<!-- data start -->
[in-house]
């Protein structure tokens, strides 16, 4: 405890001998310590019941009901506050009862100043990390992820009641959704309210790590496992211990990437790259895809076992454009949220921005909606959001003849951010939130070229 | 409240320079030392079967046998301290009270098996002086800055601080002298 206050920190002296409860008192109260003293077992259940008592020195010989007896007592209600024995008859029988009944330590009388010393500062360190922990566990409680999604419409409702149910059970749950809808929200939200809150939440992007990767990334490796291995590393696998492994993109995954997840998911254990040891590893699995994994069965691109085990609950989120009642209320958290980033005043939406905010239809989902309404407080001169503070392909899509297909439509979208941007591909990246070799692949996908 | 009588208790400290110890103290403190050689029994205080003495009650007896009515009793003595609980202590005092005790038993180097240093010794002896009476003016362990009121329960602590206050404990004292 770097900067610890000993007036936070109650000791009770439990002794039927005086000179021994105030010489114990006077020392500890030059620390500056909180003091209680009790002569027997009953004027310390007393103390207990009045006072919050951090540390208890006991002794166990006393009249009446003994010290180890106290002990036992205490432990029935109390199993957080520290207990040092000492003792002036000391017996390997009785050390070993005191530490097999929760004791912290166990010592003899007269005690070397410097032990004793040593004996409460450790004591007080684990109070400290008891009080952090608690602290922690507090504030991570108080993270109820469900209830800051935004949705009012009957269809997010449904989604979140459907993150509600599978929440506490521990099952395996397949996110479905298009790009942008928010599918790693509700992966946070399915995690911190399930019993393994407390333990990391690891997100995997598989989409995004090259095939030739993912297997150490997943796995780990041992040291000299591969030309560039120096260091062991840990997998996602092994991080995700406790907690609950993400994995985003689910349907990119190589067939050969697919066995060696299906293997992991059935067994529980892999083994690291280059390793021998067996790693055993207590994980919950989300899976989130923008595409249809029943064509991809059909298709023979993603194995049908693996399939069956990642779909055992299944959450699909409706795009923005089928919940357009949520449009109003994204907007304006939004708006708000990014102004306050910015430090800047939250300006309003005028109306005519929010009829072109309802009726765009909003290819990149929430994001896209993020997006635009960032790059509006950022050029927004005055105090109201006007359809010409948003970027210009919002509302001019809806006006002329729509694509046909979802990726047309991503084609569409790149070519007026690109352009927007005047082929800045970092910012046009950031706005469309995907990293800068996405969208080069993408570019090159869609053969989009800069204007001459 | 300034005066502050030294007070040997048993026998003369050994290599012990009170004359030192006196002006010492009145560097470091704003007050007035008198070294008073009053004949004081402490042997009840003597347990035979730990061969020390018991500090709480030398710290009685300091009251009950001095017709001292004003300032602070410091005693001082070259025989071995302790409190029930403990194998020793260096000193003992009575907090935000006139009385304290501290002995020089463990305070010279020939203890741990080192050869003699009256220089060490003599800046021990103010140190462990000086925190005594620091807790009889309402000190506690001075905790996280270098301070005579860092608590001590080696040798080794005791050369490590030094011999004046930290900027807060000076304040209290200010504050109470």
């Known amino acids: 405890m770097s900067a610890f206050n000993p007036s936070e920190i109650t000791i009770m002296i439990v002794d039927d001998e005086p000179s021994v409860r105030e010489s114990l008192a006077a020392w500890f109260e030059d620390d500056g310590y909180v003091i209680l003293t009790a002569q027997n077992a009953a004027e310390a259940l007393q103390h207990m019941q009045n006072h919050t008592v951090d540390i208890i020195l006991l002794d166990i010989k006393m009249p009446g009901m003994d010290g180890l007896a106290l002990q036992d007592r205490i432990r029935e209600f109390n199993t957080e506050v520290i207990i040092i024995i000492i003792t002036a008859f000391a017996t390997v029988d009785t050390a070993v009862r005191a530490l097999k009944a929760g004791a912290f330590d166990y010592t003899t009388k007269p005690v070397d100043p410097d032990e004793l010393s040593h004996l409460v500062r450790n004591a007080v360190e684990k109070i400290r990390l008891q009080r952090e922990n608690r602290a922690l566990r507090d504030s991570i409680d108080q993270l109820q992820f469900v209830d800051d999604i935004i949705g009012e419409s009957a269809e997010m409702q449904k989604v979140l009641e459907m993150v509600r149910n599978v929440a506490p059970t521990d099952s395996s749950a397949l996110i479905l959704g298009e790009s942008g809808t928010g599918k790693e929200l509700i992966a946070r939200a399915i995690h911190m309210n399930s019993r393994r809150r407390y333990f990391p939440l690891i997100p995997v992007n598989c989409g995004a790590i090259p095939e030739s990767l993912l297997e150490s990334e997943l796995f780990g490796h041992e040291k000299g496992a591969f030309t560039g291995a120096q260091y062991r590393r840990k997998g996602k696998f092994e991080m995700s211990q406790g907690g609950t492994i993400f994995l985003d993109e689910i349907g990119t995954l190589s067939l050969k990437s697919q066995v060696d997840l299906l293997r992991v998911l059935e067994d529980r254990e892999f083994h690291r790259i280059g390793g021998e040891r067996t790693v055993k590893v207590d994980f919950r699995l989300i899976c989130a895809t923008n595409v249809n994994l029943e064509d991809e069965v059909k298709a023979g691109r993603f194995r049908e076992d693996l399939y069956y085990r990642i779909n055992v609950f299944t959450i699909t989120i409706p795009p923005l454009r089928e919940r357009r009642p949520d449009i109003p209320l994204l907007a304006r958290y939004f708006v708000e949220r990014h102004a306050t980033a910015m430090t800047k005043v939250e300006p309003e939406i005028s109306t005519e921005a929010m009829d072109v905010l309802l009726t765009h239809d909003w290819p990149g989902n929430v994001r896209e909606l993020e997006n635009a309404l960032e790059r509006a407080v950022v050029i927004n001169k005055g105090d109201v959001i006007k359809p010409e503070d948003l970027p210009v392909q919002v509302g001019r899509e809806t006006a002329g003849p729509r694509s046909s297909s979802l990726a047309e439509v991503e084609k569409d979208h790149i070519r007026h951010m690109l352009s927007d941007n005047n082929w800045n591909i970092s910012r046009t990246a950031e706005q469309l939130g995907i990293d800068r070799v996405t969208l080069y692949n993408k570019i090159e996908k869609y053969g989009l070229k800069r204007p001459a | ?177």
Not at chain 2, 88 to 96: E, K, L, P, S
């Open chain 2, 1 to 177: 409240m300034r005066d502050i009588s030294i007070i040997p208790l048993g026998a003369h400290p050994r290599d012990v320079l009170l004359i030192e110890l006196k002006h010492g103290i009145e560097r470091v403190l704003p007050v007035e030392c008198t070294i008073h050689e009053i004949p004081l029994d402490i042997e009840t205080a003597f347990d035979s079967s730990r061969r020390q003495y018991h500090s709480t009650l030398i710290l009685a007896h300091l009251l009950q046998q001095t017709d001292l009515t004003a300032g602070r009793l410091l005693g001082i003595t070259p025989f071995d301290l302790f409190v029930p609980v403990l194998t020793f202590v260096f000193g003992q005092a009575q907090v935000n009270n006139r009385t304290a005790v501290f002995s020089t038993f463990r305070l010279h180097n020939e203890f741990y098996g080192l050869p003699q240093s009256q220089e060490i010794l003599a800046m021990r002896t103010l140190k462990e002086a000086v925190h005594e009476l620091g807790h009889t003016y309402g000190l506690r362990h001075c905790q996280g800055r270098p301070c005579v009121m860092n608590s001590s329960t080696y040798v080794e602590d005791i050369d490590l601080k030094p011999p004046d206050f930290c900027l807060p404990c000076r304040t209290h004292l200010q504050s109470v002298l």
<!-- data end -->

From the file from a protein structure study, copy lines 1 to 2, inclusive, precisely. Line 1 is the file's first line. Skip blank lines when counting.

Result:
[in-house]
């Protein structure tokens, strides 16, 4: 405890001998310590019941009901506050009862100043990390992820009641959704309210790590496992211990990437790259895809076992454009949220921005909606959001003849951010939130070229 | 409240320079030392079967046998301290009270098996002086800055601080002298 206050920190002296409860008192109260003293077992259940008592020195010989007896007592209600024995008859029988009944330590009388010393500062360190922990566990409680999604419409409702149910059970749950809808929200939200809150939440992007990767990334490796291995590393696998492994993109995954997840998911254990040891590893699995994994069965691109085990609950989120009642209320958290980033005043939406905010239809989902309404407080001169503070392909899509297909439509979208941007591909990246070799692949996908 | 009588208790400290110890103290403190050689029994205080003495009650007896009515009793003595609980202590005092005790038993180097240093010794002896009476003016362990009121329960602590206050404990004292 770097900067610890000993007036936070109650000791009770439990002794039927005086000179021994105030010489114990006077020392500890030059620390500056909180003091209680009790002569027997009953004027310390007393103390207990009045006072919050951090540390208890006991002794166990006393009249009446003994010290180890106290002990036992205490432990029935109390199993957080520290207990040092000492003792002036000391017996390997009785050390070993005191530490097999929760004791912290166990010592003899007269005690070397410097032990004793040593004996409460450790004591007080684990109070400290008891009080952090608690602290922690507090504030991570108080993270109820469900209830800051935004949705009012009957269809997010449904989604979140459907993150509600599978929440506490521990099952395996397949996110479905298009790009942008928010599918790693509700992966946070399915995690911190399930019993393994407390333990990391690891997100995997598989989409995004090259095939030739993912297997150490997943796995780990041992040291000299591969030309560039120096260091062991840990997998996602092994991080995700406790907690609950993400994995985003689910349907990119190589067939050969697919066995060696299906293997992991059935067994529980892999083994690291280059390793021998067996790693055993207590994980919950989300899976989130923008595409249809029943064509991809059909298709023979993603194995049908693996399939069956990642779909055992299944959450699909409706795009923005089928919940357009949520449009109003994204907007304006939004708006708000990014102004306050910015430090800047939250300006309003005028109306005519929010009829072109309802009726765009909003290819990149929430994001896209993020997006635009960032790059509006950022050029927004005055105090109201006007359809010409948003970027210009919002509302001019809806006006002329729509694509046909979802990726047309991503084609569409790149070519007026690109352009927007005047082929800045970092910012046009950031706005469309995907990293800068996405969208080069993408570019090159869609053969989009800069204007001459 | 300034005066502050030294007070040997048993026998003369050994290599012990009170004359030192006196002006010492009145560097470091704003007050007035008198070294008073009053004949004081402490042997009840003597347990035979730990061969020390018991500090709480030398710290009685300091009251009950001095017709001292004003300032602070410091005693001082070259025989071995302790409190029930403990194998020793260096000193003992009575907090935000006139009385304290501290002995020089463990305070010279020939203890741990080192050869003699009256220089060490003599800046021990103010140190462990000086925190005594620091807790009889309402000190506690001075905790996280270098301070005579860092608590001590080696040798080794005791050369490590030094011999004046930290900027807060000076304040209290200010504050109470």